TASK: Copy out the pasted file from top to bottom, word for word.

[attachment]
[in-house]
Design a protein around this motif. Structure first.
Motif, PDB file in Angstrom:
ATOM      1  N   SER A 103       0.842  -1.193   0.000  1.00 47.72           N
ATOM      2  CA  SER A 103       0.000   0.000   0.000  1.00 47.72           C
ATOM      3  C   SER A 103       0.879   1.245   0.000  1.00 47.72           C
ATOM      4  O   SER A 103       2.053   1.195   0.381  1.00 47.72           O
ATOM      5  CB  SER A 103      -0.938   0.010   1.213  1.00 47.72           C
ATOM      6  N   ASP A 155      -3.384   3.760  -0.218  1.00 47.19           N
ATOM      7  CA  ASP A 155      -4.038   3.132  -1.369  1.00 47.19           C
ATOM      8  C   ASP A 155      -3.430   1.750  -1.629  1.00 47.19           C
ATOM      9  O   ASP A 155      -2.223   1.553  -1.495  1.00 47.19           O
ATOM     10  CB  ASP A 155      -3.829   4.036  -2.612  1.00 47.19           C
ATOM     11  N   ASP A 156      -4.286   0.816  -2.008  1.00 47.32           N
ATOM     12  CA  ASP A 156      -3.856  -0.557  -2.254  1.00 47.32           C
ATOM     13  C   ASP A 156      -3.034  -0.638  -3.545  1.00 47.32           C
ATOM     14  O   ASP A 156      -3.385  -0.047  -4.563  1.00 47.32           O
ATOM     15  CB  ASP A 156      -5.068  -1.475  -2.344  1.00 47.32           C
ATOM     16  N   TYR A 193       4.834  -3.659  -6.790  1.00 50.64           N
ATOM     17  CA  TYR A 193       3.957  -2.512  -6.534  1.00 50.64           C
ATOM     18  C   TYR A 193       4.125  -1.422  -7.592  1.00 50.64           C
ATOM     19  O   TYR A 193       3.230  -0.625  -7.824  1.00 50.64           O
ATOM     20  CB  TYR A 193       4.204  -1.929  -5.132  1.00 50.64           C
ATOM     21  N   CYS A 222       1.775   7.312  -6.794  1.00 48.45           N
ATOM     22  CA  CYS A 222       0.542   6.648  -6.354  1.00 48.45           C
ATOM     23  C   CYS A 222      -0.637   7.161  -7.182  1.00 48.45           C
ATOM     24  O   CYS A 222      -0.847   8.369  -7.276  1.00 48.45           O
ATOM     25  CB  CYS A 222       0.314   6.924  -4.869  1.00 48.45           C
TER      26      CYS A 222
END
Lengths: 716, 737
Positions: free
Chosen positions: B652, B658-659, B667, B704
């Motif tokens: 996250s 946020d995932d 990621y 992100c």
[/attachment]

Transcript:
[in-house]
Design a protein around this motif. Structure first.
Motif, PDB file in Angstrom:
ATOM      1  N   SER A 103       0.842  -1.193   0.000  1.00 47.72           N
ATOM      2  CA  SER A 103       0.000   0.000   0.000  1.00 47.72           C
ATOM      3  C   SER A 103       0.879   1.245   0.000  1.00 47.72           C
ATOM      4  O   SER A 103       2.053   1.195   0.381  1.00 47.72           O
ATOM      5  CB  SER A 103      -0.938   0.010   1.213  1.00 47.72           C
ATOM      6  N   ASP A 155      -3.384   3.760  -0.218  1.00 47.19           N
ATOM      7  CA  ASP A 155      -4.038   3.132  -1.369  1.00 47.19           C
ATOM      8  C   ASP A 155      -3.430   1.750  -1.629  1.00 47.19           C
ATOM      9  O   ASP A 155      -2.223   1.553  -1.495  1.00 47.19           O
ATOM     10  CB  ASP A 155      -3.829   4.036  -2.612  1.00 47.19           C
ATOM     11  N   ASP A 156      -4.286   0.816  -2.008  1.00 47.32           N
ATOM     12  CA  ASP A 156      -3.856  -0.557  -2.254  1.00 47.32           C
ATOM     13  C   ASP A 156      -3.034  -0.638  -3.545  1.00 47.32           C
ATOM     14  O   ASP A 156      -3.385  -0.047  -4.563  1.00 47.32           O
ATOM     15  CB  ASP A 156      -5.068  -1.475  -2.344  1.00 47.32           C
ATOM     16  N   TYR A 193       4.834  -3.659  -6.790  1.00 50.64           N
ATOM     17  CA  TYR A 193       3.957  -2.512  -6.534  1.00 50.64           C
ATOM     18  C   TYR A 193       4.125  -1.422  -7.592  1.00 50.64           C
ATOM     19  O   TYR A 193       3.230  -0.625  -7.824  1.00 50.64           O
ATOM     20  CB  TYR A 193       4.204  -1.929  -5.132  1.00 50.64           C
ATOM     21  N   CYS A 222       1.775   7.312  -6.794  1.00 48.45           N
ATOM     22  CA  CYS A 222       0.542   6.648  -6.354  1.00 48.45           C
ATOM     23  C   CYS A 222      -0.637   7.161  -7.182  1.00 48.45           C
ATOM     24  O   CYS A 222      -0.847   8.369  -7.276  1.00 48.45           O
ATOM     25  CB  CYS A 222       0.314   6.924  -4.869  1.00 48.45           C
TER      26      CYS A 222
END
Lengths: 716, 737
Positions: free
Chosen positions: B652, B658-659, B667, B704
């Motif tokens: 996250s 946020d995932d 990621y 992100c």